March 23, 2011
By Adam Bink
I’m a little too young to really know Elizabeth Taylor and what she represented in the entertainment and celebrity world. I knew about her husbands and her acting career, but it didn’t interest me. All I really know about her is what I first read in Randy Shilts’ magnum opus chronicling the beginnings of the AIDS epidemic, titled And the Band Played On (excerpt hand-typed here):
Just a few days from now would mark the sixth anniversary of the publication of Michael Gottlieb’s article on the mysterious cases of Pneumocystis carinii pneumonia in five Los Angeles gay men. Six years ago, Gottlieb had been an eager young immunologist in his first months at UCLA. Now, he was a co-chair of a foundation hosting a dinner at which the President and First Lady were the guests of honor. On Gottlieb’s arm was a famous movie star, and senators and congressmen crowded the restaurant, enjoying cocktails and hors d’oeuvres. AIDS was so respectable, Gottlieb could scarcely believe it.
Gottlieb knew that much of the success of both the evening and the foundation was the work of his escort, actress Elizabeth Taylor. Taylor’s interest in AIDS had been building before it became a fashionable Hollywood cause, back when Gottlieb was discussing his plans for a national fund-raising AIDS group with Dr. Mathilde Krim of the AIDS Medical Foundation in New York City. In the last months of his life, Gottlieb’s most famous patient, Rock Hudson, had launched the American Foundation for AIDS Research, or AmFAR, with a $250,000 contribution, and Taylor had agreed to become the group’s national chair, giving the epidemic the star power it had long lacked.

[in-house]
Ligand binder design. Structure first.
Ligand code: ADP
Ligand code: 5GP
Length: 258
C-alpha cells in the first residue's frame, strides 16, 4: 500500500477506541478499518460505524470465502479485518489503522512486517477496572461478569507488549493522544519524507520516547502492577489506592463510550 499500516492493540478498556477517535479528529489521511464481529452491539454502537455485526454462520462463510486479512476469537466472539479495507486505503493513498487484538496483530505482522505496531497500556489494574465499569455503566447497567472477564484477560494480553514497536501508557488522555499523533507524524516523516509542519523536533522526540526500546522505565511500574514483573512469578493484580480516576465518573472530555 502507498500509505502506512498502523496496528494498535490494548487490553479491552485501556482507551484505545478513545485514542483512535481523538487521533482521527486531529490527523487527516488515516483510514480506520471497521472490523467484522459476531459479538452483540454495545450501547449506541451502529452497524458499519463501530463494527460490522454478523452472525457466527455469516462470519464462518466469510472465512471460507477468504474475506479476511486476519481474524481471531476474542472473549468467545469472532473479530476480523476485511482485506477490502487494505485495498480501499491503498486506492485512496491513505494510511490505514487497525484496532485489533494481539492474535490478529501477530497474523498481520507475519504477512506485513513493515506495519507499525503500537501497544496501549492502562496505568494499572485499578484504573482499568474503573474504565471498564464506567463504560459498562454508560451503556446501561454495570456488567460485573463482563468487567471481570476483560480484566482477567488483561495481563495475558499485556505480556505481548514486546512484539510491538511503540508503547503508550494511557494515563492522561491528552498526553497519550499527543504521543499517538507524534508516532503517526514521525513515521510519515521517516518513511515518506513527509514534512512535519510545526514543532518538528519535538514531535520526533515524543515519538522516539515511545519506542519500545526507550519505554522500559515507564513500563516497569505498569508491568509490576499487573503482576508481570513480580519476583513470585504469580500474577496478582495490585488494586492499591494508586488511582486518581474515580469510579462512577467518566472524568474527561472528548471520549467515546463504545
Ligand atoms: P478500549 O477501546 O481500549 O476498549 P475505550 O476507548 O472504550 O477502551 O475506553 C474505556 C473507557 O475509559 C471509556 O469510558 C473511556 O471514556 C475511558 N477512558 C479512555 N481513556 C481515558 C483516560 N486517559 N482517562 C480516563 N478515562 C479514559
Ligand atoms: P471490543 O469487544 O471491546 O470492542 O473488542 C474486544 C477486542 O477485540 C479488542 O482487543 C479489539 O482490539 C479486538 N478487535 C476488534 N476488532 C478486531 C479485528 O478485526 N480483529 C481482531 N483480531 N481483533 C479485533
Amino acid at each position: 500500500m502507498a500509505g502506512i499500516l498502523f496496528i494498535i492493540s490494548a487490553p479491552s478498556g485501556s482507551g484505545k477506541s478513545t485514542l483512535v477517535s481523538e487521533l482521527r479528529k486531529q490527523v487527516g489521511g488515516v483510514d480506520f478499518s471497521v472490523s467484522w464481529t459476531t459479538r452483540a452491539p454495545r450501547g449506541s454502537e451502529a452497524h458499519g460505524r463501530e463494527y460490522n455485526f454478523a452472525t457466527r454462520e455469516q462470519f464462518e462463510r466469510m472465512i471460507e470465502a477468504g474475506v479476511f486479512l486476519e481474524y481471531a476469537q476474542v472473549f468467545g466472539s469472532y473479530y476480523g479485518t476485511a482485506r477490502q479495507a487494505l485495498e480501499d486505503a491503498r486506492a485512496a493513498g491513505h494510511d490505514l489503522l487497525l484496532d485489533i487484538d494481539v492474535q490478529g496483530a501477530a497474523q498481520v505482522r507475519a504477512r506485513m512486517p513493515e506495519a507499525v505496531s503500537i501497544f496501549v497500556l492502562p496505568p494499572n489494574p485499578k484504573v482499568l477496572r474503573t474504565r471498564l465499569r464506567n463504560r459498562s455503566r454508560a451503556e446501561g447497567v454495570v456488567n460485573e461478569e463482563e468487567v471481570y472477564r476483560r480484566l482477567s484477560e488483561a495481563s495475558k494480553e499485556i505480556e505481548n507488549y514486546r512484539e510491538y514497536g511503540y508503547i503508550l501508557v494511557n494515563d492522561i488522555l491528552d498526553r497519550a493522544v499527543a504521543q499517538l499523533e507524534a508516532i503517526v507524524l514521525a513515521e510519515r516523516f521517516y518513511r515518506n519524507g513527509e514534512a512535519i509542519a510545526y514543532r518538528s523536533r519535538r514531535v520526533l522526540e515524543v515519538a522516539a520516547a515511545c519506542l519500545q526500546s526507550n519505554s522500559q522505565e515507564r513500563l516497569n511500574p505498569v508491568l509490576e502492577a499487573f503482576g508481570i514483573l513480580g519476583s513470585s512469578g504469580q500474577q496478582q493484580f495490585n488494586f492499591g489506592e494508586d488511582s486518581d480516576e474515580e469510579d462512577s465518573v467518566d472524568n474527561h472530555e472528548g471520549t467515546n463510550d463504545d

Frankly, it was all I needed to know. Taylor did this back when AIDS was still known as “gay cancer” and no one would touch it. Her fundraising work continued long after that Georgetown event. The Whitman-Walker Clinic here in DC, which provides AIDS counseling and free HIV testing — which I, as a young gay man, had taken advantage of personally — probably would not exist without Elizabeth Taylor’s pioneering. In fact, the Center around the corner from my apartment is named “The Elizabeth Taylor Center”.
I never knew the other side of Elizabeth Taylor’s life, but from what I did know about her, if we had a hundred Elizabeth Taylors and their courage back in the early 1980s, a lot more people would still be alive today.
More coverage from P8TT friend and longtime reporter on the epidemic, Karen Ocamb, can found here.
Update: Jeremy found a great news clip from that era.